MS TIERNEY (Minister for Corrections) — We will see whether we will end up in committee. There were a number of questions primarily raised by the Greens party this afternoon in respect of matters in this bill, primarily as they deal with issues to do with court security officers (CSOs). One of the first questions asked was: why is the government employing private security contractors to guard our courts? The government in response says that the private sector security guards at our courts are not a new thing. This bill simply supports the expansion of longstanding existing arrangements for court security and clarifies the powers of private court security officers. Private security officers are used extensively in the public sector for public building security, management of safety in public spaces and secure transport. Court Services Victoria advises that private security guards have been deployed to provide security at a number of high-volume Victorian courts, including the Melbourne Magistrates Court since the mid-1990s, Ms Pennicuik. Providing important safety and security at courts is a key government initiative, especially in the context of family violence disputes. The government has invested $58.1 million to upgrade Victorian courts and expand the presence of court security officers to all Victorian courts on sitting days.
There was a further question about why court security is not provided by protective services officers (PSOs) and police. CSOs, PSOs and Victoria Police all perform different roles in providing court security. The role of CSOs is to maintain the integrity of the entry screening process, respond to courtroom incidences and report incidences to Victoria Police. Victoria Police and PSOs provide security for criminal sittings of the Supreme Court and the County Court, as required by the Court Security Act 1980, and to the Magistrates Court within greater Melbourne. CSOs will provide basic security in urgent incident response to criminal and civil court proceedings in all Victorian courts, especially regional courts. Victoria Police will continue to respond to emergencies and criminal behaviour across Victoria’s metropolitan and regional courts. There is, and will continue to be, strong coordination between the courts and Victoria Police in relation to security requirements.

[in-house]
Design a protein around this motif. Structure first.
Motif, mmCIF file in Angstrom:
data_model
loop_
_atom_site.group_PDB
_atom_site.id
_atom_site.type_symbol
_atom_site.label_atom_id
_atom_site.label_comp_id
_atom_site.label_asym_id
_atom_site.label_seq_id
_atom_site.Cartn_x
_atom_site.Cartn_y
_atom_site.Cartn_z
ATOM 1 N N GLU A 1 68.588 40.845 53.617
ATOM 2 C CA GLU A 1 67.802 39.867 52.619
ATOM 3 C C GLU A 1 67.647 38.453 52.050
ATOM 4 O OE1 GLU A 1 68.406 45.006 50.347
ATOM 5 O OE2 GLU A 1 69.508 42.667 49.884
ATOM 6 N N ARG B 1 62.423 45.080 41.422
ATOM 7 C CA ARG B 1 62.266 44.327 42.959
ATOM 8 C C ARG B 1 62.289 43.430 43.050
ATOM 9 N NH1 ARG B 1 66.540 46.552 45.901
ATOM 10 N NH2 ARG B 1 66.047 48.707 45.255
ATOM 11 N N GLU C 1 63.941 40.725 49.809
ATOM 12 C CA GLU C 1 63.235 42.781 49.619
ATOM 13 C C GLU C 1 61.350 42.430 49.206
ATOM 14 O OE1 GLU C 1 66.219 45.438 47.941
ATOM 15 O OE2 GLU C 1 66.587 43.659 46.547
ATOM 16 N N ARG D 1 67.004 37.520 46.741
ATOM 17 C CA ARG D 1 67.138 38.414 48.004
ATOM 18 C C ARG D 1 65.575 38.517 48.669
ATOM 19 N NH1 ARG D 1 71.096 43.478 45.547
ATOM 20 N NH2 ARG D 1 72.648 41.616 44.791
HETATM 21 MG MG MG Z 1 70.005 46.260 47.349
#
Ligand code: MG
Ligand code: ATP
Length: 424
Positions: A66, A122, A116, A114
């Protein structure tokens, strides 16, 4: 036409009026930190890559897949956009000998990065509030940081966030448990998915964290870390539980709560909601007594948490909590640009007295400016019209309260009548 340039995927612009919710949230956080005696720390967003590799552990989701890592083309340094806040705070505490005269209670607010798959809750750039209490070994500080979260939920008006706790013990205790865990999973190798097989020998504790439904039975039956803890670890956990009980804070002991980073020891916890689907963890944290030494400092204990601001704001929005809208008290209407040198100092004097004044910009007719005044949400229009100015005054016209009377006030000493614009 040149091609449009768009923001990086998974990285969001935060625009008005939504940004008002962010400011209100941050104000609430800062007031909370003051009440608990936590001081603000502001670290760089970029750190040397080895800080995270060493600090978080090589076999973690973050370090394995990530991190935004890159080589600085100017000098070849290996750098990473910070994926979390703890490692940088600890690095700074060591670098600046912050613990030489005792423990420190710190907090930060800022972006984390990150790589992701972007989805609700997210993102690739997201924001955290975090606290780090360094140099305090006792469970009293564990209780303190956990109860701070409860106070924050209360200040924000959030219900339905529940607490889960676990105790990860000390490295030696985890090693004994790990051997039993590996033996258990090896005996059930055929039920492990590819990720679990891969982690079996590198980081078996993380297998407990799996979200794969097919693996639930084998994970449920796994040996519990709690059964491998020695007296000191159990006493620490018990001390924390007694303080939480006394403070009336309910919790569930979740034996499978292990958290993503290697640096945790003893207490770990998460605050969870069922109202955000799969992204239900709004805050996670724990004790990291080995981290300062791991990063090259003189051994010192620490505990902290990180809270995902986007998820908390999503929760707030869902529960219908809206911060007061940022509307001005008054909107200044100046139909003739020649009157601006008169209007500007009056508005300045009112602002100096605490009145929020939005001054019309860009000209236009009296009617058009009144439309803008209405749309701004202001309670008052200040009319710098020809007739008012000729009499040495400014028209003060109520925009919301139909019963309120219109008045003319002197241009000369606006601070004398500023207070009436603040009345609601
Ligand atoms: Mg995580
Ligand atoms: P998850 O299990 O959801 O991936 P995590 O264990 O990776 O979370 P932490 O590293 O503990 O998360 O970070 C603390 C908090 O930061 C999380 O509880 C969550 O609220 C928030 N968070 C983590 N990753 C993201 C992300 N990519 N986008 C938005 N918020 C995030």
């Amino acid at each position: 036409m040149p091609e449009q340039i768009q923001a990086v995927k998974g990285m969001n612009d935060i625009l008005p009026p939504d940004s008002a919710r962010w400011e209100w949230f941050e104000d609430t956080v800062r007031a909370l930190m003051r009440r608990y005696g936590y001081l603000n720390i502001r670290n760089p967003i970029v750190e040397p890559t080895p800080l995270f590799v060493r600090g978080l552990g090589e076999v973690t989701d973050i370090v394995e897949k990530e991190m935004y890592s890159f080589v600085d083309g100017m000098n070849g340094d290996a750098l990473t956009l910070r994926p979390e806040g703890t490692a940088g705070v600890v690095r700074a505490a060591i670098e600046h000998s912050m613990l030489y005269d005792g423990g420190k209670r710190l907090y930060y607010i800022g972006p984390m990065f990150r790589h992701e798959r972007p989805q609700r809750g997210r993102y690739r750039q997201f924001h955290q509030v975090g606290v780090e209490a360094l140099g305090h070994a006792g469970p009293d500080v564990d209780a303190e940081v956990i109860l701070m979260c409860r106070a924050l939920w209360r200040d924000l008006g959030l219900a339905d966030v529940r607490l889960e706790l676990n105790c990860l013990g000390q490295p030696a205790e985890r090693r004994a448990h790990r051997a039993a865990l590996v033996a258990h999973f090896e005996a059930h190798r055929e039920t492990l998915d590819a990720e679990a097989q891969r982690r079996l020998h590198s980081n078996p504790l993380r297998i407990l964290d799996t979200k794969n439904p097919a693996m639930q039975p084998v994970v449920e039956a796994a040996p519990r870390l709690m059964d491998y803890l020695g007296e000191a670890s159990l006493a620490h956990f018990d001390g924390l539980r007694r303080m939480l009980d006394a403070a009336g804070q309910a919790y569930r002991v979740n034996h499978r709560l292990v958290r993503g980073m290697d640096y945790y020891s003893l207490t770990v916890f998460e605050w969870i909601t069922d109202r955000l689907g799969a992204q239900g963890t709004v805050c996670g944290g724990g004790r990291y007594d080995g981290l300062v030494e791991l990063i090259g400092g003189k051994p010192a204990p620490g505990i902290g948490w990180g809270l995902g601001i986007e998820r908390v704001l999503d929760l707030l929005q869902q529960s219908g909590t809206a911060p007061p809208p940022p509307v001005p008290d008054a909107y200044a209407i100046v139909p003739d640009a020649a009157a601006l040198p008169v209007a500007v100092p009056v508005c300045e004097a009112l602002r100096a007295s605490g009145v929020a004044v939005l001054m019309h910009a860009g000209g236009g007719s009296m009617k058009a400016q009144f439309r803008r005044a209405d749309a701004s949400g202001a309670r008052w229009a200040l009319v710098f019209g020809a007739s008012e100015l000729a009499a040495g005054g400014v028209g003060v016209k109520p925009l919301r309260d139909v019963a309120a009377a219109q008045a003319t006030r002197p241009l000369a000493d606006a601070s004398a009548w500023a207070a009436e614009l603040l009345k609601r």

A key feature of the expansion of court security officers to regional court sittings is that Victoria Police, who currently provide security on sitting days in regional courts, will be able to be redeployed from courts to frontline law enforcement activities in their communities. Victorian police officers are a vital and limited resource, especially in those areas.
A question was raised during the course of the debate about whether the court security officers will be armed. Currently private security officers are managed under contract by Court Services Victoria (CSV), and they are not armed. Under the new contract the CSOs will be trained and will have the necessary authorisation under the Control of Weapons Act 1990 to carry operational equipment, including batons, handcuffs and stab-resistant protective vests. CSV advises that at courts where police and protective services officers are deployed, CSOs will not carry operational equipment. In courts where there are no police or PSOs, CSOs will carry operational equipment. Private security officers will not carry guns or pepper spray. These arrangements are appropriate and proportionate to the duties that CSOs are expected to carry out in keeping Victorians safe in our courts.
Another issue that was raised was: what happens if an authorised officer acts unlawfully or inappropriately? In exercising powers under the Court Security Act 1980 an authorised officer, as a public authority under the Charter of Human Rights and Responsibilities Act 2006, must act compatibly with human rights. A private security company engaged under the Court Security Act is an authority for the purposes of the Ombudsman Act 1973 and can be investigated by the Ombudsman in relation to administrative actions. In addition the Private Security Act 2004 establishes a process for the investigation of complaints about licensed security guards, noting that private security guards appointed as authorised officers will be contractually required to be licensed security guards. Any private security company engaged under the Court Security Act will also be subject, through contractual arrangements, to performance monitoring and reporting and will be required to have a robust complaints management system, including appropriate disciplinary measures. I trust that I have covered off on most of the issues that have been raised.
I can go to matters that talk about the policy context of the new court security model. I can deal with the implementation of the new security model and how many additional private security officers will be provided under this new security model, and I will go to that.
This new court security model will deploy approximately 160 private security officers across court and tribunal premises, including at 40 courts where there was previously no formal security presence. The new model will provide approximately 70 new court security officers in addition to 94 security officers currently deployed under the existing model. I believe that I have covered off now on the issues raised by Ms Pennicuik.
Motion agreed to.
Read second time; by leave, proceeded to third reading.